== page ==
Self-drive car­mak­ers gag the hype

Daily News - - METRO - The Wash­ing­ton Post

THREE for­mer ex­ec­u­tives at Google, Tesla and Uber who once raced to be the first to de­velop self-driv­ing cars have adopted a new strat­egy: slow down, and shut up.

At their new com­pany Au­rora In­no­va­tion, which is de­vel­op­ing self-driv­ing tech­nol­ogy for car­mak­ers in­clud­ing Volk­swa­gen and Hyundai, the rules are sim­ple: no flashy launches, mind-blow­ing time­lines or hyper-chore­ographed per­for­mances on closed tracks.

“No demo candy,” said Chris Urm­son, a co-founder and for­mer head of Google’s self-driv­ing car team.

Au­rora’s long-game tech­nique re­flects a new phase for the hyped prom­ise of com­puter-pi­loted su­per­cars: a more sub­dued, more prag­matic way of ad­dress­ing the tough re­al­i­ties of the most com­pli­cated ro­botic sys­tem ever built.

In the wake of sev­eral high-pro­file crashes that dented pub­lic en­thu­si­asm in au­tonomous cars, Au­rora’s ex­ec­u­tives are urg­ing their own in­dus­try to face a re­al­ity check, say­ing lofty prom­ises risk con­fus­ing pas­sen­gers and doom­ing the tech­nol­ogy be­fore it can truly take off.

The “en­tire in­dus­try” needs “to be more truth­ful about our ca­pa­bil­i­ties”, said Ster­ling An­der­son, an Au­rora co-founder and for­mer head of Tesla’s Au­topi­lot sys­tem. “We’re talk­ing about build­ing trust in the pub­lic.

“You don’t do that by over­stat­ing what the sys­tem can and can’t do.”

A safe, sell­able, self-driv­ing car has be­come the holy grail of Sil­i­con Val­ley: con­vert­ing even a frac­tion of the 4.8tril­lion kilo­me­tres driven ev­ery year by Amer­i­can cars and trucks could re­duce deadly ac­ci­dents caused by hu­man er­ror and spawn a multi­bil­lion-dol­lar busi­ness.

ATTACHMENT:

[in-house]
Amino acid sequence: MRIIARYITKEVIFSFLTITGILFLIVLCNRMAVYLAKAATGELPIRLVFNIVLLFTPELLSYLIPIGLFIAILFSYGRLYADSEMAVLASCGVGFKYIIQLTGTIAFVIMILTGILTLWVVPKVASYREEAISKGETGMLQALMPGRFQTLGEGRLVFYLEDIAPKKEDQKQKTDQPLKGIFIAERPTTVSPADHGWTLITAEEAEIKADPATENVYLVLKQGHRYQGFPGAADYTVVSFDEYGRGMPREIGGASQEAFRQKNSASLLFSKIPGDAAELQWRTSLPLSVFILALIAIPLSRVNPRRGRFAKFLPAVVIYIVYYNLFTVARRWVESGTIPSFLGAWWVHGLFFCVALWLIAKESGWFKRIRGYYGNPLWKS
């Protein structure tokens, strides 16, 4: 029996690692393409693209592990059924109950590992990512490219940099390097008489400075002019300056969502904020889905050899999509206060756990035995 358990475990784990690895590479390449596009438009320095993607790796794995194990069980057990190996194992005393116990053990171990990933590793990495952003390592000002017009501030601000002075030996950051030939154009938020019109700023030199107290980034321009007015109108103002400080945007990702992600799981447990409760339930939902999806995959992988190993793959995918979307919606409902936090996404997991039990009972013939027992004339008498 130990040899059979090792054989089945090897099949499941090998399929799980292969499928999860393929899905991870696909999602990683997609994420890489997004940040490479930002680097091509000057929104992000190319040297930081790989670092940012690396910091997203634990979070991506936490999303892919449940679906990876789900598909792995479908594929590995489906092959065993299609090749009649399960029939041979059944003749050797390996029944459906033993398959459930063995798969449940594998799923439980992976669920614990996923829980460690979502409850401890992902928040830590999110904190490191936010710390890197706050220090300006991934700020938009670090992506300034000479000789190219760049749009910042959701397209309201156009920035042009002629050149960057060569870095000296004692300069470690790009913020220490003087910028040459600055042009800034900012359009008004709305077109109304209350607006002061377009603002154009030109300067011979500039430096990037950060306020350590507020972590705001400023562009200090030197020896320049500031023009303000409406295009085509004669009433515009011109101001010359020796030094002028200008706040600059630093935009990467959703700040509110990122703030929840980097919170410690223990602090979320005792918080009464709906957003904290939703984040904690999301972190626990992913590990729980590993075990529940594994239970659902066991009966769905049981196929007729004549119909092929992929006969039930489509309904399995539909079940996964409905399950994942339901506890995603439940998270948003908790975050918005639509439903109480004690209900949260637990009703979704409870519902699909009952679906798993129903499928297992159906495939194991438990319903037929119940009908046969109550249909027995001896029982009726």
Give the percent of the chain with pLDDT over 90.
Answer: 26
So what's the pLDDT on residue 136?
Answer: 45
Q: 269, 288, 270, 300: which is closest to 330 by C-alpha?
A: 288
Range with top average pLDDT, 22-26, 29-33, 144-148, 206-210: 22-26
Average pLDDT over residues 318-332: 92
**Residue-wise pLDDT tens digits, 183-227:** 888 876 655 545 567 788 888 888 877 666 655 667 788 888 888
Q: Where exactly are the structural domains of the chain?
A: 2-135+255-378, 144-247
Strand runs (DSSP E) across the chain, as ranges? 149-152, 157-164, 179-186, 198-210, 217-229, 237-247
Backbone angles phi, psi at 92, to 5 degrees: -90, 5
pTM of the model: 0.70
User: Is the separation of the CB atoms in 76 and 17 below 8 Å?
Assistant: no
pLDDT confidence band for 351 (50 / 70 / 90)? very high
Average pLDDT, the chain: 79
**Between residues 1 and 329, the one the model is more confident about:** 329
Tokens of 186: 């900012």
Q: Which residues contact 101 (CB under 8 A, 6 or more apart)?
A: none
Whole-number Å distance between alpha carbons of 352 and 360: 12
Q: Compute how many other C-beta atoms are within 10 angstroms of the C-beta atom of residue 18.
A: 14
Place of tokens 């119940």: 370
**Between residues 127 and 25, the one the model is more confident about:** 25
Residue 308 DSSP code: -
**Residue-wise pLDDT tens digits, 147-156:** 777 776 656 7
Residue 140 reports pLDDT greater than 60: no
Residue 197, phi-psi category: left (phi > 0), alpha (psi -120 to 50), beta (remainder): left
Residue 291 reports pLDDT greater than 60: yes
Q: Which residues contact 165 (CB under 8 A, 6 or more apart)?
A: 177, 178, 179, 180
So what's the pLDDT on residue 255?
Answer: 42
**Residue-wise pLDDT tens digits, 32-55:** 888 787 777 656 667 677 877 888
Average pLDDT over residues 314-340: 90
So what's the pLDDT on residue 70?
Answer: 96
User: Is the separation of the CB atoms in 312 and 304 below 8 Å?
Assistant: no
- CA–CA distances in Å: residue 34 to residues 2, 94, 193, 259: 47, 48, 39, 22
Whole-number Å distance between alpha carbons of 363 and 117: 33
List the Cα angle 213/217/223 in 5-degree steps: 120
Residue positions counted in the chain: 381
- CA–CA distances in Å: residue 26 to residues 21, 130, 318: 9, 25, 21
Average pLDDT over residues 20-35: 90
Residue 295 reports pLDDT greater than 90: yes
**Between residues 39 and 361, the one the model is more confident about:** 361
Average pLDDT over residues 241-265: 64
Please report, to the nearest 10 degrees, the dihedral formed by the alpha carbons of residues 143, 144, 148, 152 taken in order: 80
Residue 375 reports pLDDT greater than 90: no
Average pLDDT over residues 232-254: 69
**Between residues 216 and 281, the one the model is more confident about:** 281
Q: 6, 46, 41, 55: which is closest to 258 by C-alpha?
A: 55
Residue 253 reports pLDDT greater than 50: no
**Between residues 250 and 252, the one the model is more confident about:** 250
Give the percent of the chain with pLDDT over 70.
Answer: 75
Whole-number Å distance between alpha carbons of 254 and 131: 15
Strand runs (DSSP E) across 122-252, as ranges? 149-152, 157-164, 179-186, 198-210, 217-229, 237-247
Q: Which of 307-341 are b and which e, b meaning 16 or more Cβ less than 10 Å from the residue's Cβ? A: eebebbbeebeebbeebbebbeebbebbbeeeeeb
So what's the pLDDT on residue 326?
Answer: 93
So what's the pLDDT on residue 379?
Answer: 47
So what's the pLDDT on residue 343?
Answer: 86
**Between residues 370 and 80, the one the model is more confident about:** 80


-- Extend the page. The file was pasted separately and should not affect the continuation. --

Fifty-seven com­pa­nies are au­tho­rised to test self-driv­ing ve­hi­cles on Cal­i­for­nia roads, state records show, and com­pe­ti­tion for ta­lent, soft­ware and tech­nolo­gies has sparked an arms race even among tra­di­tional car­mak­ers: Ford and GM have each in­vested roughly $1bil­lion in their re­spec­tive self-driv­ing firms, Argo AI and Cruise.

The first com­pany to mar­ket a true self-driv­ing car could gain in­cred­i­ble ca­chet, win­ning buyer trust and mar­ket­ing po­ten­tial for which its ri­vals could only dream.

But in­dus­try ex­perts sus­pect most will fail. The time­line is so un­cer­tain. The devel­op­ment costs are so high.

And the com­pe­ti­tion is so fierce, in the US and around the world. The in­vest­ment gi­ant NIO Cap­i­tal es­ti­mated in Au­gust that the “sur­vival rate” for China’s hun­dreds of self-driv­ing start-ups would be about 1%.

To stand out, com­pa­nies have pushed for in­creas­ingly strange or cap­ti­vat­ing vi­sions of the fu­ture: Mer­cedes-Benz re­cently un­veiled self-driv­ing con­cept cars straight out of sci­ence fic­tion, in­clud­ing a wind­screen-less car that re­sem­bles a gi­ant toaster. |

Newspapers in English

Newspapers from South Africa

© PressReader. All rights reserved.